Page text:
The whole thing makes me say "Wow!"
So, whatever your holiday of choice this winter season, take a moment to reflect on the ancient people who celebrated the darkness of the Yuletide, and gave thanks for the turning of the sun.
There was a sad report out of Whiteside County in Illinois this week. A female mountain lion was killed by a Wildlife officer from the Illinois Department of Natural Resources. You can read the whole story here.
My first reaction was sadness for the poor cougar who was probably scared and hungry. Sadness was quickly followed by outrage that in the year 2013, this is still how people react in these situations. On the one hand, we have the IDNR hiring sharp shooters to "cull" the deer herd because it is too large due to the fact that there are no longer any predators to naturally cull the weak deer. And then the same agency insists on killing a wild predator that might naturally cull some weak deer from the local herds.
There are many more questions than answers, and it isn't useful to play "what if" or "why not" games as in: "Why not tranquilze the animal and relocate it?" Or, "What if the lion had attacked a human being?" The sad fact is that the answer to either question is moot - the lion was killed despite the fact that it wasn't threatening anyone, and it wasn't tranquilized.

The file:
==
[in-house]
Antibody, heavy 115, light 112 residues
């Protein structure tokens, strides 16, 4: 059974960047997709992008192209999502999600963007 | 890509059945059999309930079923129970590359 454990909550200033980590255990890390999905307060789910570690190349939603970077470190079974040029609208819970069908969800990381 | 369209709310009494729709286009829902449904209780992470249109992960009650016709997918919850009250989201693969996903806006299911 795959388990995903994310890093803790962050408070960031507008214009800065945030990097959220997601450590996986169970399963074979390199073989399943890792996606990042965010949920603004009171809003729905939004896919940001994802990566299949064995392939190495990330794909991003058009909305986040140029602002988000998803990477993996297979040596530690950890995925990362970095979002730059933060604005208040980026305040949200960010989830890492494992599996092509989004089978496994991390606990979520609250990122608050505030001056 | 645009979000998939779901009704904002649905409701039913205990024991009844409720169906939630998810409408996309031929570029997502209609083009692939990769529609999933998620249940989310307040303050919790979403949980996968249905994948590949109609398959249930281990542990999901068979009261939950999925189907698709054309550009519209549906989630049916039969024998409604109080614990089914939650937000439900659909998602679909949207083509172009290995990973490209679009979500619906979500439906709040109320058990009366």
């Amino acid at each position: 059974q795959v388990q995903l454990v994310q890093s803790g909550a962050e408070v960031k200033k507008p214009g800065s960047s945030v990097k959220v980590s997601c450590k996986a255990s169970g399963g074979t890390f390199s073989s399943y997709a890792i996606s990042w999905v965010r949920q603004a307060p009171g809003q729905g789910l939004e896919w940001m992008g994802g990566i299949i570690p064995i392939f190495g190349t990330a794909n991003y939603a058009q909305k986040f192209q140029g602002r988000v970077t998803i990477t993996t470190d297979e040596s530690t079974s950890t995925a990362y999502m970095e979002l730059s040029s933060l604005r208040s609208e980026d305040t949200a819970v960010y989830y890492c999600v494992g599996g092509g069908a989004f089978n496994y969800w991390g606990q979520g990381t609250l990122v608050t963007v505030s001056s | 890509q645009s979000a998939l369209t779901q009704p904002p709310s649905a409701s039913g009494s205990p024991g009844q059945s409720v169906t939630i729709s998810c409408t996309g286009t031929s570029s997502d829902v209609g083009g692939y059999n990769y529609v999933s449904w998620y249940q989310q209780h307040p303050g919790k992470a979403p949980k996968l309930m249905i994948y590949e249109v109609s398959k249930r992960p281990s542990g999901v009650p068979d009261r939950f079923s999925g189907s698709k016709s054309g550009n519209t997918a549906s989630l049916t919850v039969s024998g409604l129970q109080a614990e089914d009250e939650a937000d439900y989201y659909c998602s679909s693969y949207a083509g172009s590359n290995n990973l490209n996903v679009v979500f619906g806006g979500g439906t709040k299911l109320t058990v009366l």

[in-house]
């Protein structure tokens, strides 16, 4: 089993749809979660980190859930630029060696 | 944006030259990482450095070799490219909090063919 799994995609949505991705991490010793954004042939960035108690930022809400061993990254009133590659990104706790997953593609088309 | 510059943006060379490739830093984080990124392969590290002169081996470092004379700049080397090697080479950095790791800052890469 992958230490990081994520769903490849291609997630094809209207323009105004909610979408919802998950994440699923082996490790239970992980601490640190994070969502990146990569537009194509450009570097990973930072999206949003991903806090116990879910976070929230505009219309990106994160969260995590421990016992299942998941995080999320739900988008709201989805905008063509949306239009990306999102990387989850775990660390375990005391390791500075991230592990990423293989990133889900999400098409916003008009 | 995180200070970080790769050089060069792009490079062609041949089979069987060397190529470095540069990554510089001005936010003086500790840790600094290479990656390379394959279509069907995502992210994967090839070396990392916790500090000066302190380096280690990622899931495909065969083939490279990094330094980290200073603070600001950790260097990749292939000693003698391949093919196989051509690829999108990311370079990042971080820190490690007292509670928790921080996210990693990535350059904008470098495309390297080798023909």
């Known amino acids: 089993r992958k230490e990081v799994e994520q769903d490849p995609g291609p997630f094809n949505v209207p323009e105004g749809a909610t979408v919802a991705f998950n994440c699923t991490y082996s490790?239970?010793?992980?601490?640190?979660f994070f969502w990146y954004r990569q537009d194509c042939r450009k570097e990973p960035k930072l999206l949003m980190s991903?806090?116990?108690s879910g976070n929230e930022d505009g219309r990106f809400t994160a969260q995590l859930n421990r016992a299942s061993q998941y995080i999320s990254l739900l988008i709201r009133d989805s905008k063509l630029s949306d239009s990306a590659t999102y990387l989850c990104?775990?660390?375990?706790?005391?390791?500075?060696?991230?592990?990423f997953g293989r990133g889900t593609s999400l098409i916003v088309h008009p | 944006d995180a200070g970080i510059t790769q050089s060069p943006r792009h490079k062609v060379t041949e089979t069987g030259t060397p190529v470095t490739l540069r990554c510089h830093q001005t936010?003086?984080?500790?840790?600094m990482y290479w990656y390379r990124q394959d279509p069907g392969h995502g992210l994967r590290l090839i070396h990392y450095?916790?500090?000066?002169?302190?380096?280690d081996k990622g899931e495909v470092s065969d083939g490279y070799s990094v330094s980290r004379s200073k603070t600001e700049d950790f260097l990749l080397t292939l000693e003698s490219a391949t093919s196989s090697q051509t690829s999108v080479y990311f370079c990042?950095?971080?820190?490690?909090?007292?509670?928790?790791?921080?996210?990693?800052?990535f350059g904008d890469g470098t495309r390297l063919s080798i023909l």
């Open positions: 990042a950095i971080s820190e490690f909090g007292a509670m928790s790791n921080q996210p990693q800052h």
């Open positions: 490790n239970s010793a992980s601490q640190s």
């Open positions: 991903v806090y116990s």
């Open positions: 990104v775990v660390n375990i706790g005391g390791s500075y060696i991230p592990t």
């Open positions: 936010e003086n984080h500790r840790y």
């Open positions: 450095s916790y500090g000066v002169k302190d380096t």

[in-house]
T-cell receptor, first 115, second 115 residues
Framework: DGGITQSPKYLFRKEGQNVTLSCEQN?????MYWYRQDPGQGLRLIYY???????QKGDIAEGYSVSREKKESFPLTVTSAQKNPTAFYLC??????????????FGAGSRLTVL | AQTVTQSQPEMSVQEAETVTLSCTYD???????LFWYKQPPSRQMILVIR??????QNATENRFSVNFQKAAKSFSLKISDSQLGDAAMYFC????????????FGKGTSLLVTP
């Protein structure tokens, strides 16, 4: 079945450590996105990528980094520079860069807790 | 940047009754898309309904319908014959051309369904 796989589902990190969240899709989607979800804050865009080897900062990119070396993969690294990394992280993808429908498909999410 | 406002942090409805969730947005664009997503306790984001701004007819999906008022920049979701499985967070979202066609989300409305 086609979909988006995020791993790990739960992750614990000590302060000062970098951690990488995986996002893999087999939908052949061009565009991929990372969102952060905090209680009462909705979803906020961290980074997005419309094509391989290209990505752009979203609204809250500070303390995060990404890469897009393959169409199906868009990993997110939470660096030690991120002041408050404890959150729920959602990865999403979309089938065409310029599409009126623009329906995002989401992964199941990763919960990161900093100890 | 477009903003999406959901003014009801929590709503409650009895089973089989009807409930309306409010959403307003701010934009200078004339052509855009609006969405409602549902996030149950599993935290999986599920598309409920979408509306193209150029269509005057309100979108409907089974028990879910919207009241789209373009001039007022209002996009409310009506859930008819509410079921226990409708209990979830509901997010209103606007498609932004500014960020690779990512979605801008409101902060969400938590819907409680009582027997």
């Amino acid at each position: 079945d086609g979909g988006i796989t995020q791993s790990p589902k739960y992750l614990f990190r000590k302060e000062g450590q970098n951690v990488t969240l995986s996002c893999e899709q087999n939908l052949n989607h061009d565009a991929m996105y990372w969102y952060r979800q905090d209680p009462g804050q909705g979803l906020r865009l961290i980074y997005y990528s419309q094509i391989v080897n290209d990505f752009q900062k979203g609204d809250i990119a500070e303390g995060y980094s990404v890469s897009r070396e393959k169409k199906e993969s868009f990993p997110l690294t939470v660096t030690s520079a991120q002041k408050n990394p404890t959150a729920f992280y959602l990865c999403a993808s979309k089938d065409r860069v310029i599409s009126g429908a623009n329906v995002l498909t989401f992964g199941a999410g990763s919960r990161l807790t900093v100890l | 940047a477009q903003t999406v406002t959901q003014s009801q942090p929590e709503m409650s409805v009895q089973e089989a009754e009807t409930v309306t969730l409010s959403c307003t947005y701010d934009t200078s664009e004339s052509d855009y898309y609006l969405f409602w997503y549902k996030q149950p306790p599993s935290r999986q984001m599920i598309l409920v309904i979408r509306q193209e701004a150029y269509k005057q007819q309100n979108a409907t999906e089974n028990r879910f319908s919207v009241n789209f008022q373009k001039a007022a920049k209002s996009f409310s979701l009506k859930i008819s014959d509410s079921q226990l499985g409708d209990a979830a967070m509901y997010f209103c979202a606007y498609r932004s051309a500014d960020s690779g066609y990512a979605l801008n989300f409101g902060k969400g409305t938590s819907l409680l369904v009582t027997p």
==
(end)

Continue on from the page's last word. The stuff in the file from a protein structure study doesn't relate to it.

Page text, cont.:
At TLC's Annual Brunch earlier this year, storyteller Jim Pfitzer gave a moving portrayal of Aldo Leopold, famed conservationist who authored A Sand County Almanac - a collection of essays about the natural world and mankind's relationship to it. One of the essays is titled "Thinking Like a Mountain," and upon reading the story of the mountain lion's senseless death, I thought it was a good time to share this essay as a reminder for those who still seek to control wild things.
The biotic community - of which we are a part - if far more complex than people can understand - even wildlife biologists, ecologists and other scientists. The system is too complex, and it is in a constant state of flux due to changing weather conditions, the emergence of new diseases and pests, natural population spikes and troughs for individual species, etc, etc. The best we can hope for is to make decisions that respect the integrity of the natural system - the whole system, not just the parts with which we are most comfortable.